On his way to the premiere of Meatballs, Ivan Reitman thought up the idea for a film: "Cheech and Chong join the army".[2] He pitched it to Paramount Pictures and they greenlit the film that day. Len Blum and Dan Goldberg wrote the screenplay in Toronto and read it to Reitman, who was in Los Angeles, over the phone. The director, in turn, would give the writers notes. Cheech and Chong's manager thought the script was very funny; however, the comedy duo wanted complete creative control. Reitman then suggested to Goldberg that they change the two main characters to ones suited for Bill Murray and Harold Ramis, figuring if they could get Ramis interested and let him tailor the script for the two of them, he could convince Murray to do it.[2]

Ramis had already co-written National Lampoon's Animal House and Meatballs, but was relatively unknown as a film actor.[2] His best-known acting work prior to Stripes was as a cast member for the late-night TV sketch comedy Second City Television, which he had quit a few years earlier.[3] Columbia Pictures did not like Ramis's audition but Reitman told the studio that he was hiring the comedian anyway.[2] P. J. Soles reported that Dennis Quaid had read for the role of Russell and that Ramis was reluctant to appear in the film, but that Murray told Ramis he did not wish to work with anyone else and would leave the film unless he played the other principal.[4]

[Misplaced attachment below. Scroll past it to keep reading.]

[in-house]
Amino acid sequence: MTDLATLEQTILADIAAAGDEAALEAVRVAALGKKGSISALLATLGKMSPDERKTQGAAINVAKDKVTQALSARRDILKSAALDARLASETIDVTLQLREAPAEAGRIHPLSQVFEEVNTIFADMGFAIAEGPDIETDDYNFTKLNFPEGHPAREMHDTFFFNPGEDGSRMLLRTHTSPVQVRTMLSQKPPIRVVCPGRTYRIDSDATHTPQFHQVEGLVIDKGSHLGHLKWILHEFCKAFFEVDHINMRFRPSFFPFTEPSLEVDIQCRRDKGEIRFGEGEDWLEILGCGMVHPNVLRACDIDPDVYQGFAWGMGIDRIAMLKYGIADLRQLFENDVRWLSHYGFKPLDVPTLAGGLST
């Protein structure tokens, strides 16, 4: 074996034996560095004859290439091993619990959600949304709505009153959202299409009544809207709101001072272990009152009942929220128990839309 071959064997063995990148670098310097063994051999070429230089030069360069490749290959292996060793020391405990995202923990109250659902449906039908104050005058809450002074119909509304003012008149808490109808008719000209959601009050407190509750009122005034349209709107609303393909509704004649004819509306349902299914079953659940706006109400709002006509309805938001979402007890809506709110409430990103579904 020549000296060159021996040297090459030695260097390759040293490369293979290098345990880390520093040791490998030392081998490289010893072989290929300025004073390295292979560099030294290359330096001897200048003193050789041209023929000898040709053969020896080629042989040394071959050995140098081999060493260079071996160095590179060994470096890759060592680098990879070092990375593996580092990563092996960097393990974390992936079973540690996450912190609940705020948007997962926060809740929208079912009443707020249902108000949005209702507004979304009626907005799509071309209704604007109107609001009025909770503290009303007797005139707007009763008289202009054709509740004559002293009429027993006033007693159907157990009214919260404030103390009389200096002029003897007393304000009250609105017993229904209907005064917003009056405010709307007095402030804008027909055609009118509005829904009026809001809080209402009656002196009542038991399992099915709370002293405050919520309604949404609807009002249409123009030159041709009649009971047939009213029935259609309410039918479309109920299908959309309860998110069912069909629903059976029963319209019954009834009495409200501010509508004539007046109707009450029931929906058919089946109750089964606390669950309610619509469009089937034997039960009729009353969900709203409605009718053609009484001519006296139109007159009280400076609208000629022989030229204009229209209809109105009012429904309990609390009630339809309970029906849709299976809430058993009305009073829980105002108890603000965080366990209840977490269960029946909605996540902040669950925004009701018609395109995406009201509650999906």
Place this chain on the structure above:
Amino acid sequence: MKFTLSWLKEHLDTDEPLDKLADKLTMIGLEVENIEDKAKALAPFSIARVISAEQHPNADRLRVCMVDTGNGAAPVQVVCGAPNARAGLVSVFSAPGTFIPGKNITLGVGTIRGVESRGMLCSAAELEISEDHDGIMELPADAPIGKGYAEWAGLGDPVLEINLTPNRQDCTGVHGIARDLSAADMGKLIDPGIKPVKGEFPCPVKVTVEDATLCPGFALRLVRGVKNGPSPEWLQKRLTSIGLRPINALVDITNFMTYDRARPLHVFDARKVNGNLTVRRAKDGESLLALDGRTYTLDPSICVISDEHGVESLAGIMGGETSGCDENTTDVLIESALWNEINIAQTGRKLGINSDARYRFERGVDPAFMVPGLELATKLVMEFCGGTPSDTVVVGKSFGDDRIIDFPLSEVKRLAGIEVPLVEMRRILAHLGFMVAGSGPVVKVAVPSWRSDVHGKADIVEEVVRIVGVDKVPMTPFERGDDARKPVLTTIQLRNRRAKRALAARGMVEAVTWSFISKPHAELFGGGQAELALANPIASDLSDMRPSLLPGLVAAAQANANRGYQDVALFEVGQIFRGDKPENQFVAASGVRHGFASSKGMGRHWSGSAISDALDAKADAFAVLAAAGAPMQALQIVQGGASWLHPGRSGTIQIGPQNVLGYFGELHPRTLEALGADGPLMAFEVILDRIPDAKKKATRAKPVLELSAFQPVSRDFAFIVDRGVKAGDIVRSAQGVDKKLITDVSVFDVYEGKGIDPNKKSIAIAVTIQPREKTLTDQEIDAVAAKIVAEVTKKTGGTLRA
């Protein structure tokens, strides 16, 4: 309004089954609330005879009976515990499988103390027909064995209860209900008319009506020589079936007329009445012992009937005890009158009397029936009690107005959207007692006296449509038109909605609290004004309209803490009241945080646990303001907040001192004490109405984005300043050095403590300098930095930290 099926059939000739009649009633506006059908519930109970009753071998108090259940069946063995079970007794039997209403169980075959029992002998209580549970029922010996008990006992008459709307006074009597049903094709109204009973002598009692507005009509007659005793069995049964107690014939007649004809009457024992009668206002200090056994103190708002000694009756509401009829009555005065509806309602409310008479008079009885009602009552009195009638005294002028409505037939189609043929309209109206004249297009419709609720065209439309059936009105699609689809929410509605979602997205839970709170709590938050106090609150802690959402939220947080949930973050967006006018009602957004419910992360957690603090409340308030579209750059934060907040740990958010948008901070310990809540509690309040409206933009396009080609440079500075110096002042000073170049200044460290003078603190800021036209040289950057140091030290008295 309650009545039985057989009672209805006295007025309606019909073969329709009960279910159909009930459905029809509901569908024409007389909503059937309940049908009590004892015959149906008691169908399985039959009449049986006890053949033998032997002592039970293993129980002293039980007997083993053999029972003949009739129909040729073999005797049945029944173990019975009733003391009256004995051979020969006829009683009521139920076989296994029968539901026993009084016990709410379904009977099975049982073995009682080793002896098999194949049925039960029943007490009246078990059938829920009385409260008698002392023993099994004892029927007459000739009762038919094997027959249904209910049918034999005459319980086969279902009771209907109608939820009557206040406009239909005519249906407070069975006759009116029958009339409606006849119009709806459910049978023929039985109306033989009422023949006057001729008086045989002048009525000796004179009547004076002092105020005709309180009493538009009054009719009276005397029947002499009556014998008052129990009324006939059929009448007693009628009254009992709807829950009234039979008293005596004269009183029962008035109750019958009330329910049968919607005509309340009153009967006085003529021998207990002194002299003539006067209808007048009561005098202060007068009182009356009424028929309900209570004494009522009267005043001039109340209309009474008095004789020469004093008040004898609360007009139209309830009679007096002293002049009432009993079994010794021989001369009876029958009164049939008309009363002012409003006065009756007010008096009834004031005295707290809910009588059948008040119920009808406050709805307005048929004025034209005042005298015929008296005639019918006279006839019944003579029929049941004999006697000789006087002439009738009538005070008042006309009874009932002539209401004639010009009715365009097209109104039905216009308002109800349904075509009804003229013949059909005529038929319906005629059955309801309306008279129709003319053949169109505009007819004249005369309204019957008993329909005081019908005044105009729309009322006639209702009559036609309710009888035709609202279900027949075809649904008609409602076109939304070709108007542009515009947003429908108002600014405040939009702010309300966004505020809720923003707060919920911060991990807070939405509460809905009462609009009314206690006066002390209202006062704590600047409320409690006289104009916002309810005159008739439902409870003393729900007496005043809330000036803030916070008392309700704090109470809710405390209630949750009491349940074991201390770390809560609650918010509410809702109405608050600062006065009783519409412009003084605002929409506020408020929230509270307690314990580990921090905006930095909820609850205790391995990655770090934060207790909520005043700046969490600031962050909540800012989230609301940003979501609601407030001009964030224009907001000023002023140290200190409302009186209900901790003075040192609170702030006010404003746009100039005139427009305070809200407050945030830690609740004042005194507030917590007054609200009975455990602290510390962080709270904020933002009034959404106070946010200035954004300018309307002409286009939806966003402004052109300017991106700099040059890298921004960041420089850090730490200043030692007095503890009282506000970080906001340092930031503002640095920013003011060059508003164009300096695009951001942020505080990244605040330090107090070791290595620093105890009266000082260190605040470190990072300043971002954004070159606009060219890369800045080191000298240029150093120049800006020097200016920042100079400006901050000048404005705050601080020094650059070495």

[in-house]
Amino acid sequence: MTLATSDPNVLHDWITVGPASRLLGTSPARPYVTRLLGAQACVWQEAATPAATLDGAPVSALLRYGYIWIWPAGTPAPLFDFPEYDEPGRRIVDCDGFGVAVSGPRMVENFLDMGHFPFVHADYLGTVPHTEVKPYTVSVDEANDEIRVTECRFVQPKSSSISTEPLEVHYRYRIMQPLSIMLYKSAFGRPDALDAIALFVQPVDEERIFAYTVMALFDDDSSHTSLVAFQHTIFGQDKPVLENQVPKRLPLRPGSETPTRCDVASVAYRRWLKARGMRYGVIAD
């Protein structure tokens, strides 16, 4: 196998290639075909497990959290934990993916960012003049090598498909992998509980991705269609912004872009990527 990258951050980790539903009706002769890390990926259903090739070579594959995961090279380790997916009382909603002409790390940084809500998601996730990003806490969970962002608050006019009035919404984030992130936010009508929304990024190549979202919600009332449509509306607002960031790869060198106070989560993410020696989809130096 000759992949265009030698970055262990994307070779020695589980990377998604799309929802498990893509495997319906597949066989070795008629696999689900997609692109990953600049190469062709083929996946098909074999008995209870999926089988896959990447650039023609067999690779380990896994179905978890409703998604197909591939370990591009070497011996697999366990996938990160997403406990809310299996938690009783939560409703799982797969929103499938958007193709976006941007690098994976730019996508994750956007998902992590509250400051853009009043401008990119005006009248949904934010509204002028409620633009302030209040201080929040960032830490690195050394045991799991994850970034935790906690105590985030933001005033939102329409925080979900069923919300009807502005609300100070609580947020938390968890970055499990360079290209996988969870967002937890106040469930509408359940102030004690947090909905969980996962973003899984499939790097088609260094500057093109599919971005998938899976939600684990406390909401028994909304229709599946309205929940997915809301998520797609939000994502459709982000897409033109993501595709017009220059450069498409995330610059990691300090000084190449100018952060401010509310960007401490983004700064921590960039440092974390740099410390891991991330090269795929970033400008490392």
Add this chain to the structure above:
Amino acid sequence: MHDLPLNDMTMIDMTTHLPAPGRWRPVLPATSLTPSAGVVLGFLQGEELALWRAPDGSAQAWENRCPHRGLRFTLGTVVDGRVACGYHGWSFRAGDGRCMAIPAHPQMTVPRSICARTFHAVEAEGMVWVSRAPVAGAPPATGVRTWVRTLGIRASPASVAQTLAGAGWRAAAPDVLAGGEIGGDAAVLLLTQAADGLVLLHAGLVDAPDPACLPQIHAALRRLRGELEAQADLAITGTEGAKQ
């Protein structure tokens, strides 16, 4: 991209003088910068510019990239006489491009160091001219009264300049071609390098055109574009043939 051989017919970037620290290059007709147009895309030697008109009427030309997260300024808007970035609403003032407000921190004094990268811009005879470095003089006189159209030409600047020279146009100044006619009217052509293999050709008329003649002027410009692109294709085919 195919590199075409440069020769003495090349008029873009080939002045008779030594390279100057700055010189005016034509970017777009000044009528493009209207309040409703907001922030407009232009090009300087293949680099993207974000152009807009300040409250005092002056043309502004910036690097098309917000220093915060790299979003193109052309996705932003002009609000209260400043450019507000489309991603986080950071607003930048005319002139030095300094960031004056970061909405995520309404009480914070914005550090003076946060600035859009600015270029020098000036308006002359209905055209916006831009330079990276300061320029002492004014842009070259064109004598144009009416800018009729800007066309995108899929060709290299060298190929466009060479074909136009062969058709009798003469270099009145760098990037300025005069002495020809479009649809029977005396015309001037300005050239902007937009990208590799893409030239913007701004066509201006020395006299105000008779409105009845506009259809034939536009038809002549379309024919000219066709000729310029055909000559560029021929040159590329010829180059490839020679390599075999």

Casting director Karen Rea saw Conrad Dunn on the stage and asked him to read for the role of Francis "Psycho" Soyer in New York.[5] Judge Reinhold played Elmo, who was given the best jokes from the Cheech and Chong draft of the screenplay. Sean Young was cast based on her looks, and Reitman felt that her "sweetness" would go well with Ramis.[2] Soles tested with Murray and they got along well together. John Diehl had never auditioned before and won his first paying job as an actor. Goldberg knew John Candy from Toronto and told Reitman that he should be in the film; he was not required to audition.[2]